#6 About storytelling
One with Bollywood nostalgia
I did not plan it in any ways. But as I realize it now, this week’s recommendation have a theme - storytelling. From Pixar (and Steve Jobs) to Dil Chahta Hai, I was lucky to experience some brilliant stories this week. It’s been fun experiencing them, hoping you enjoy them as much.
For a lot of us, success depends on how well we are able to influence our stakeholders. Getting their buy-in on our ideas and recommendations is a big step to the actual execution.
In this short essay, the author points three key reasons we fail to get buy-ins:
Assuming everyone is thinking what you’re thinking. We assume the “right answer” must be obvious, but it almost never is.
Feeling time-crunched. We believe there isn’t enough time to get everyone fully bought in before you have to move forward.
Fear of disagreement. We’re afraid someone will dissent, so we try to sneak the plan through. Sometimes we do this subconsciously, and we aren’t even aware of this fear!
It further suggests 3 tactics to avoid these pitfalls & become better a getting buy-in: 1. Co-creation 2. Presence and 3. Storytelling
My biggest takeaway from this article? "Buy-in is the result of showing your team why your idea achieves their goals."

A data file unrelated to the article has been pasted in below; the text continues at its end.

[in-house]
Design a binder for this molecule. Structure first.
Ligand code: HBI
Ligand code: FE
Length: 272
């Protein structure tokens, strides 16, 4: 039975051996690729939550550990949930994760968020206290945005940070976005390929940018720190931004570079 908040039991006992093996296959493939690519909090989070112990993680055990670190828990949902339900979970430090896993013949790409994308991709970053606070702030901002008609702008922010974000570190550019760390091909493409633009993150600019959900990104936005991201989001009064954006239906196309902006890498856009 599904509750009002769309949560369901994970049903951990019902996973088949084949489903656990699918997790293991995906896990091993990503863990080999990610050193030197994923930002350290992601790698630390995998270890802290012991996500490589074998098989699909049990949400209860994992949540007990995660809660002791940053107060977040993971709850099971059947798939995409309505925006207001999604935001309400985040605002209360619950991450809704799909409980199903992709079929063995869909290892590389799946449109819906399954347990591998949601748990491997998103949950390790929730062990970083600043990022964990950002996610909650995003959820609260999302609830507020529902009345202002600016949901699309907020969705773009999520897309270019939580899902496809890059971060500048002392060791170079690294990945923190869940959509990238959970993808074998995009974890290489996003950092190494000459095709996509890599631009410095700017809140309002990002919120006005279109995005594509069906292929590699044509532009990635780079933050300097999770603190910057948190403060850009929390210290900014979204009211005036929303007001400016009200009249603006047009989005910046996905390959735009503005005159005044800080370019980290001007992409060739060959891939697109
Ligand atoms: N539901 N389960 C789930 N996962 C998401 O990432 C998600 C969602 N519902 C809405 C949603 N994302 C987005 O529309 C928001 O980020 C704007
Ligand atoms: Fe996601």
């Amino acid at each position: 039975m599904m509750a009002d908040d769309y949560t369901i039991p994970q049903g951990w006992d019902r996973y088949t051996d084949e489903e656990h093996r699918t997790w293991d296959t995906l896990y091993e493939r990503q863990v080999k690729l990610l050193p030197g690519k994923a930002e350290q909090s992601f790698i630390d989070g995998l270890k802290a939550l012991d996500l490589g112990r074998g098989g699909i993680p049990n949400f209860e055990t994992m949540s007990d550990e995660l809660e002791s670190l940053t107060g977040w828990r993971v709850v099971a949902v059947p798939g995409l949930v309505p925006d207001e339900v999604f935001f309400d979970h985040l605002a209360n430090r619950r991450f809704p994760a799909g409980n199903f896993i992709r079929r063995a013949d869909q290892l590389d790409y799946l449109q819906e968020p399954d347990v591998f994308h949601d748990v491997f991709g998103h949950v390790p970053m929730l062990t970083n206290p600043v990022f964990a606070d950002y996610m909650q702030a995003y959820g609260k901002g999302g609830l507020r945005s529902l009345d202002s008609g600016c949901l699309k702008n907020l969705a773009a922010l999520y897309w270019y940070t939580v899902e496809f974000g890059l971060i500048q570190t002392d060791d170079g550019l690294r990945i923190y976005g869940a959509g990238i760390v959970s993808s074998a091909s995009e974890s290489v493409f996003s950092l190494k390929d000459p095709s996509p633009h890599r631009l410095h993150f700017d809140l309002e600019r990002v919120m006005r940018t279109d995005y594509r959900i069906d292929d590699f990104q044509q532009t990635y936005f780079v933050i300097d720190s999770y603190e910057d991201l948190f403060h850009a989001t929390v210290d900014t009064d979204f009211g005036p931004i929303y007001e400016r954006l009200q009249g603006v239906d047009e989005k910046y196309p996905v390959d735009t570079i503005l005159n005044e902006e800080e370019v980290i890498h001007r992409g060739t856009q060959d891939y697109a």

If you’re in your late 20s and 30s, you will remember Dil Chahta Hai. It was a game-changer in many ways. It showed a totally new and cool way of how friends and friendships are. All our Goa trips got added an extra charm since then. This post in fiftytwo.in tells a lot of what happened to make this movie happen. I had goosebumps when I read this one. I saw only the final product then and honestly did not care a lot about what was behind the scene. After reading this post today, my respect & excitement for this movie goes up big time.
We know Pixar for a lot of tech innovation they brought to the world of animation. Their contribution to storytelling is equally if not more important. Toy Story, Finding Nemo, Ratatouille are some of the best told tales of our time. Inside out is my favorite, I discvoer some new moment every time I watch this movie. This post from David Perrel shares key elements of thir storytelling guidelines.
Btw, follow @david_perell if you’re looking for inputs on writing. He shares some really useful inputs on twitter or in his newsletters.
Some random goodness from the internet:
Twitter thread: A long thread that a father crowdsourced to tell his kids ‘interesting facts’ every night at bedtime. Really fun read for your free time.
Youtube: Steve Jobs’s metaphor for a team working together on an idea they are passionate about.
Tool: Refind (Apologies to those I had shared this already). Create an account, select your interest & voila. It will mail you a great curation of interesting & popular resources every morning. This is the easiest way to find some of the most recommended articles from the hottest newsletters & journals in one place.
That's all, folks!